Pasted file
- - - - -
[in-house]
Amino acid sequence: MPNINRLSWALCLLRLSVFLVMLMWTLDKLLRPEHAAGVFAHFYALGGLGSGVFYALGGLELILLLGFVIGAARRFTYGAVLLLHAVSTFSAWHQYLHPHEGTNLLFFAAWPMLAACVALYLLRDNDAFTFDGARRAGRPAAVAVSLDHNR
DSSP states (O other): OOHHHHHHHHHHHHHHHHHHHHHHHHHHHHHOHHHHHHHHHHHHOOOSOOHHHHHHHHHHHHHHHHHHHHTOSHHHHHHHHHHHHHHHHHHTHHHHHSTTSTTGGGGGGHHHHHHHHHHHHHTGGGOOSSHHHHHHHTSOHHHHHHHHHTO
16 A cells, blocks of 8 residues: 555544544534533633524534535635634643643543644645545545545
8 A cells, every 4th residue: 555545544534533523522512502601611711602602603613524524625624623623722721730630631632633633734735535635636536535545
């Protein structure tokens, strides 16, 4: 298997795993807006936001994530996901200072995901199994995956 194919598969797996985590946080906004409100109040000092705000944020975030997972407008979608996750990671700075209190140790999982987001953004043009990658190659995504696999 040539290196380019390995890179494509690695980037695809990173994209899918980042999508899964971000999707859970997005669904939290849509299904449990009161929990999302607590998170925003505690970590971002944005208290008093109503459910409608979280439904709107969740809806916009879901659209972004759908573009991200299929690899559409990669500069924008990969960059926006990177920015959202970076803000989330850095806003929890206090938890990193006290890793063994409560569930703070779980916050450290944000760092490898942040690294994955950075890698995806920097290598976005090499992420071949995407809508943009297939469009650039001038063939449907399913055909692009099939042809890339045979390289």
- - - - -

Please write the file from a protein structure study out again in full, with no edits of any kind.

[in-house]
Amino acid sequence: MPNINRLSWALCLLRLSVFLVMLMWTLDKLLRPEHAAGVFAHFYALGGLGSGVFYALGGLELILLLGFVIGAARRFTYGAVLLLHAVSTFSAWHQYLHPHEGTNLLFFAAWPMLAACVALYLLRDNDAFTFDGARRAGRPAAVAVSLDHNR
DSSP states (O other): OOHHHHHHHHHHHHHHHHHHHHHHHHHHHHHOHHHHHHHHHHHHOOOSOOHHHHHHHHHHHHHHHHHHHHTOSHHHHHHHHHHHHHHHHHHTHHHHHSTTSTTGGGGGGHHHHHHHHHHHHHTGGGOOSSHHHHHHHTSOHHHHHHHHHTO
16 A cells, blocks of 8 residues: 555544544534533633524534535635634643643543644645545545545
8 A cells, every 4th residue: 555545544534533523522512502601611711602602603613524524625624623623722721730630631632633633734735535635636536535545
């Protein structure tokens, strides 16, 4: 298997795993807006936001994530996901200072995901199994995956 194919598969797996985590946080906004409100109040000092705000944020975030997972407008979608996750990671700075209190140790999982987001953004043009990658190659995504696999 040539290196380019390995890179494509690695980037695809990173994209899918980042999508899964971000999707859970997005669904939290849509299904449990009161929990999302607590998170925003505690970590971002944005208290008093109503459910409608979280439904709107969740809806916009879901659209972004759908573009991200299929690899559409990669500069924008990969960059926006990177920015959202970076803000989330850095806003929890206090938890990193006290890793063994409560569930703070779980916050450290944000760092490898942040690294994955950075890698995806920097290598976005090499992420071949995407809508943009297939469009650039001038063939449907399913055909692009099939042809890339045979390289």